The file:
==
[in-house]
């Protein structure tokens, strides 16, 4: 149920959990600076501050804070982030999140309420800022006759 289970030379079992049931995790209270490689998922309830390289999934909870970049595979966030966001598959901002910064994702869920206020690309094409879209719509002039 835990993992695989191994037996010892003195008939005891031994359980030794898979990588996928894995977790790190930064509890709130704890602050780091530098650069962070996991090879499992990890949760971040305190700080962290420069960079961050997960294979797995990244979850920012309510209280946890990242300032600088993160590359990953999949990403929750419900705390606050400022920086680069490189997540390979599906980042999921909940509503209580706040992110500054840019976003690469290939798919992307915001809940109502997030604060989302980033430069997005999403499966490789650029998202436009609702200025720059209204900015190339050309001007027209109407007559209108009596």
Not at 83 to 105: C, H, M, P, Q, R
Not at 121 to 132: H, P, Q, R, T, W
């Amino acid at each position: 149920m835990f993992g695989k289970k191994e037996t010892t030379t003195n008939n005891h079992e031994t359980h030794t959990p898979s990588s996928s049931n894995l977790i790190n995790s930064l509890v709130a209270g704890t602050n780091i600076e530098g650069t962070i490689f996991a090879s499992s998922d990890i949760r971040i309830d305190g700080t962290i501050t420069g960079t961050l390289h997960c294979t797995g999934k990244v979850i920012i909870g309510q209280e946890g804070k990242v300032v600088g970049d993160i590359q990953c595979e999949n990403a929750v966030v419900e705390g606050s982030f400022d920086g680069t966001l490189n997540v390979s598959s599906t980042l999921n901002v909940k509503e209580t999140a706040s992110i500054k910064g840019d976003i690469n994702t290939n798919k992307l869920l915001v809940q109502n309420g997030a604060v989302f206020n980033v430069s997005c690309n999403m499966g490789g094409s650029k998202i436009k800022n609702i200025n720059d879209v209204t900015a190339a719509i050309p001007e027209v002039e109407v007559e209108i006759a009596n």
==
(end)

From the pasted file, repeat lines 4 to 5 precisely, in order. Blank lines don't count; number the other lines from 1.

Not at 121 to 132: H, P, Q, R, T, W
């Amino acid at each position: 149920m835990f993992g695989k289970k191994e037996t010892t030379t003195n008939n005891h079992e031994t359980h030794t959990p898979s990588s996928s049931n894995l977790i790190n995790s930064l509890v709130a209270g704890t602050n780091i600076e530098g650069t962070i490689f996991a090879s499992s998922d990890i949760r971040i309830d305190g700080t962290i501050t420069g960079t961050l390289h997960c294979t797995g999934k990244v979850i920012i909870g309510q209280e946890g804070k990242v300032v600088g970049d993160i590359q990953c595979e999949n990403a929750v966030v419900e705390g606050s982030f400022d920086g680069t966001l490189n997540v390979s598959s599906t980042l999921n901002v909940k509503e209580t999140a706040s992110i500054k910064g840019d976003i690469n994702t290939n798919k992307l869920l915001v809940q109502n309420g997030a604060v989302f206020n980033v430069s997005c690309n999403m499966g490789g094409s650029k998202i436009k800022n609702i200025n720059d879209v209204t900015a190339a719509i050309p001007e027209v002039e109407v007559e209108i006759a009596n």